To proceed, I needed to install the free OpenVPN Connect app (Figure 2) on my device via the App Store. The app's welcome screen points out that you need an OpenVPN profile file to set up a secure connection. I created this beforehand on the server as an OVPN file. To load this file to the device, I downloaded it via a Private Tunnel profile [2], which is a website where I could store the profile. Alternatively, I was also able to download the profile directly from an OpenVPN Access Server or access it with iTunes Sync.

Figure 2: The OpenVPN Connect app establishes a connection to the OpenVPN server.

The option I chose to use was to receive the file attached to an email message. To this end, I switched to the Mail app, opened the email with the OPVN file, and copied the attachment into the OpenVPN app. At this point, the app provided the profile for importing, after which, I was able to access the profile and set up the connection by setting the connection switch to ON . A few seconds later, the connection was established, and all traffic ran via the VPN tunnel. Unlike the Apple VPN client, it is not possible to send only the data packets via the tunnel, which should be assigned to the secure network according to the IP routing.


The range of VPN clients is more diverse with Android. Here, I focused on Google Play and, for security reasons, didn't look at any clients that had to be downloaded and installed as an APK file outside of the store. Even with Android, it was necessary to filter out the clients for establishing secure VPN connections to a provider server and to exclude apps that required the product of a particular manufacturer.

As a reference, I also took a look at the VPN client included with the Android OS. Depending on the device manufacturer, the client can be easily slightly different; however, the functions are always the same. I accessed the VPN configuration in the advanced options and configured the connection to the Windows VPN server via PPTP. Other protocols are still available in the form of L2TP/IPsec with PSK or RSA authentication, IPsec Xauth PSK, IPsec Xauth RSA, and IPsec Hybrid RSA. I entered the IP address of the server or domain and was even able to define a DNS search domain, a DNS server, and a route for the VPN.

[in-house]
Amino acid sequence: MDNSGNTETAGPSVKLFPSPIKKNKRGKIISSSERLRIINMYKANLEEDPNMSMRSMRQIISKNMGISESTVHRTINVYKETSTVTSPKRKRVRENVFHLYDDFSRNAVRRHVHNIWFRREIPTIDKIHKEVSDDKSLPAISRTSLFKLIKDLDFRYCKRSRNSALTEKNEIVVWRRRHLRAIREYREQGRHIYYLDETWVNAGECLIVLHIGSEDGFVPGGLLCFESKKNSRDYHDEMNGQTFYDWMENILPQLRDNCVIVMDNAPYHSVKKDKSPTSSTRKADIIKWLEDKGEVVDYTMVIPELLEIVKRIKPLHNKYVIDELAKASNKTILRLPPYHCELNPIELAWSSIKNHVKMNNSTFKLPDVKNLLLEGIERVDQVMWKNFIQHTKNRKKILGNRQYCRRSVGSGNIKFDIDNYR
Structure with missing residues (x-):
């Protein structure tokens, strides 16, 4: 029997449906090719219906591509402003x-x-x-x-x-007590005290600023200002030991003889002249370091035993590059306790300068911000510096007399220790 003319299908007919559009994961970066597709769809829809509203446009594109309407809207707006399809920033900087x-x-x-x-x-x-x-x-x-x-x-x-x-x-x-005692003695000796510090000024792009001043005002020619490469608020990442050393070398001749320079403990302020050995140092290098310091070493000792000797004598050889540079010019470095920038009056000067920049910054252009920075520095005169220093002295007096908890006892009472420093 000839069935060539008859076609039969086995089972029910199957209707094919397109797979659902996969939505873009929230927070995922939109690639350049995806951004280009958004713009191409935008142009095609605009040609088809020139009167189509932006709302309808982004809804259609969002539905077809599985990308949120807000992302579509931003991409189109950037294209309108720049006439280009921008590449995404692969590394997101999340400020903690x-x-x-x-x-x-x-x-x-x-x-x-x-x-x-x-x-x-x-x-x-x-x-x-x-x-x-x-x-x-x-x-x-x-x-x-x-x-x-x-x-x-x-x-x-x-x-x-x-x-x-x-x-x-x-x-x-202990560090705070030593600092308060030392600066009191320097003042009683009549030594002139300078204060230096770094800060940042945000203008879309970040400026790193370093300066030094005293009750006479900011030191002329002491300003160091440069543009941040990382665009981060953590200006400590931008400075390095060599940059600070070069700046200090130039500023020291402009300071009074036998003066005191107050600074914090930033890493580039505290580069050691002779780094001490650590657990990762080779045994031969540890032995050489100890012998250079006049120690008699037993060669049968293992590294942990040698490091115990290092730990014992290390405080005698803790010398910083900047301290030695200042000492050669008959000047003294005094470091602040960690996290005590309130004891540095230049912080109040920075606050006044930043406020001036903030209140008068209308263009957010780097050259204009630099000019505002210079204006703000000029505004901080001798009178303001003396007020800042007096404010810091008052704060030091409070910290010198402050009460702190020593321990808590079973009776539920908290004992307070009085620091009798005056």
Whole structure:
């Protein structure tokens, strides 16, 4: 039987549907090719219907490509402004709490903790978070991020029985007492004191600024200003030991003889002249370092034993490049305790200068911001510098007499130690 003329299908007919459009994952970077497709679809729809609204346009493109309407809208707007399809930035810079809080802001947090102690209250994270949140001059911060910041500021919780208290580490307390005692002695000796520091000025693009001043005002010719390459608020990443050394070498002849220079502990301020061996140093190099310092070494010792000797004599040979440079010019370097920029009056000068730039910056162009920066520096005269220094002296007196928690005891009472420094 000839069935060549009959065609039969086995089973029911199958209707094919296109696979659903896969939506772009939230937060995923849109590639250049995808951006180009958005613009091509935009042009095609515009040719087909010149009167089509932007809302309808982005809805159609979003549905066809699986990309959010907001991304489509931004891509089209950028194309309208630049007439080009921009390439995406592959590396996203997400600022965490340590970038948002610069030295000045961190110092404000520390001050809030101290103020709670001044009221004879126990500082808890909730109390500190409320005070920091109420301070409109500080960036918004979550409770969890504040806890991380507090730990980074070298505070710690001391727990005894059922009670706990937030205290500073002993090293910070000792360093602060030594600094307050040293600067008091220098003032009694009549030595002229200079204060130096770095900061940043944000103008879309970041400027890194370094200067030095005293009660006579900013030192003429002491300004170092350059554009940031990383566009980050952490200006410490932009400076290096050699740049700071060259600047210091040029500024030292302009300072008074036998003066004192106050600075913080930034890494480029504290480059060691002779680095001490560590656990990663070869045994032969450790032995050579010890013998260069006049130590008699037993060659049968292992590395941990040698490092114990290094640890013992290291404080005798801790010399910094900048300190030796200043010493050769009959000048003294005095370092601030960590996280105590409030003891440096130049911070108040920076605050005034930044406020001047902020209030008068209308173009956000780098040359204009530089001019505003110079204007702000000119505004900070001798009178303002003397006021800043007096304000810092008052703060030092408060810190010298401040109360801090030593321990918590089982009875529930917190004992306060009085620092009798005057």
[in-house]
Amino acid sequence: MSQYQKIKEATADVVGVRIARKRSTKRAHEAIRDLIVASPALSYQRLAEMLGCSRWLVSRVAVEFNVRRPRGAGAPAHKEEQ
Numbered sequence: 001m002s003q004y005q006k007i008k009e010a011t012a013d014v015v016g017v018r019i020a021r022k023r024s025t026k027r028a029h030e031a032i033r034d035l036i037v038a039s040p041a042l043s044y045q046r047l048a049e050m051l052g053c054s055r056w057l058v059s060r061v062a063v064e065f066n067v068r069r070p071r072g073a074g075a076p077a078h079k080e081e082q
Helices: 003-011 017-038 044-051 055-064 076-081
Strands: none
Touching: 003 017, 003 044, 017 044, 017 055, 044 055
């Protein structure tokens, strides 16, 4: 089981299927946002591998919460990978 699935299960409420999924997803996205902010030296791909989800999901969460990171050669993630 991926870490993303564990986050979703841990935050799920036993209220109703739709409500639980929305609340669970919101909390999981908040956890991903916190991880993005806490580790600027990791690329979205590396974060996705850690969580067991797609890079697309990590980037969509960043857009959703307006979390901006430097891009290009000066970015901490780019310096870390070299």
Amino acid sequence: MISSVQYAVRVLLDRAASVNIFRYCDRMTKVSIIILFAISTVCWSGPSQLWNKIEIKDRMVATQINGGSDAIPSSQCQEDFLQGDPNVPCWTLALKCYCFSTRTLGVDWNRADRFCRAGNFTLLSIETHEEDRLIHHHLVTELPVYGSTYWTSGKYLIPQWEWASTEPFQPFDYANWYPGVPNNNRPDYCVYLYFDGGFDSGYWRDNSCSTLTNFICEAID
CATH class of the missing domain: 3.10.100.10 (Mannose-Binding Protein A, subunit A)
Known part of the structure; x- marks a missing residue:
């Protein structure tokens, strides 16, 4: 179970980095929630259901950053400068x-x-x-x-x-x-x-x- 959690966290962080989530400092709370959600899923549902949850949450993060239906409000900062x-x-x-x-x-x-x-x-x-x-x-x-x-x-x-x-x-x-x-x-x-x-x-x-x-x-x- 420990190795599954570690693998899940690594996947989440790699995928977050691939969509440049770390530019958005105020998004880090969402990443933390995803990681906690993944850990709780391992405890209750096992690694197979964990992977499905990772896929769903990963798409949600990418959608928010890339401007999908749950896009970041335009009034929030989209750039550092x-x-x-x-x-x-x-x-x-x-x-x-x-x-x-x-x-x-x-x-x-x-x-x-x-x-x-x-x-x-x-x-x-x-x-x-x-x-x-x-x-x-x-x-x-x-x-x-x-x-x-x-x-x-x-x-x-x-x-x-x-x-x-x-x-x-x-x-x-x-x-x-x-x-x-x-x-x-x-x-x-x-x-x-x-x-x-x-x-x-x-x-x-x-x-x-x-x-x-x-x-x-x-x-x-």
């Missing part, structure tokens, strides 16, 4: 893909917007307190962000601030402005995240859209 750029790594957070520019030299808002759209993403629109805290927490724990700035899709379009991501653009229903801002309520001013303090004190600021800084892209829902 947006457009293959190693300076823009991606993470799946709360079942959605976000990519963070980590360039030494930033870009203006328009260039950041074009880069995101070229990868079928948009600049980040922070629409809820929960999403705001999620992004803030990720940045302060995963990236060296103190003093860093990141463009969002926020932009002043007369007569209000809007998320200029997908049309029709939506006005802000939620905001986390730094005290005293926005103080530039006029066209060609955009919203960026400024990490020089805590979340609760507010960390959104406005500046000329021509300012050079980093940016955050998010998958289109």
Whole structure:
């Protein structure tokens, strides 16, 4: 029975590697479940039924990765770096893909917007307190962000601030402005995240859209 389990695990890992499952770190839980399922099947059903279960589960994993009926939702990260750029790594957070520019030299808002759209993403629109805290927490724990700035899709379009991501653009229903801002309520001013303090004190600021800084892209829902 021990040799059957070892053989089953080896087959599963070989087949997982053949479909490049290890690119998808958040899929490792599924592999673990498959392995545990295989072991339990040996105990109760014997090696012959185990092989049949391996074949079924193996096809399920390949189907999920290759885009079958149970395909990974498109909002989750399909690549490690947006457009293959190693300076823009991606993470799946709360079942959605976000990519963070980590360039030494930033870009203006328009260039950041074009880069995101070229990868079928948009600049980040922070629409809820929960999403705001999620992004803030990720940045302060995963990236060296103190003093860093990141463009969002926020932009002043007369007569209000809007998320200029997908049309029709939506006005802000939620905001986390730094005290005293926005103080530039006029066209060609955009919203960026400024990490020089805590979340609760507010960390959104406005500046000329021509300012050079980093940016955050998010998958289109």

After saving, I opened the connection for the first time and stored my credentials, which can be saved for future use, if desired. A short time later, the tunnel was set up. Because I didn't enter an extra route, the mobile device sent all data packages to the server.

Setting up the IPsec connection wasn't really any more complicated than with iOS; rather, it was more extensive because of more configuration options. Again, I added the new connection, specified a name, selected L2TP/IPsec PSK as the type, and entered the password and the server address. The configuration provides more input fields for the IPsec identifier. After I saved the settings, I accessed the connection and entered a username and password to establish a connection.

Just like the native iOS VPN client, the Android counterpart did not innately support OpenVPN connections and IKEv2.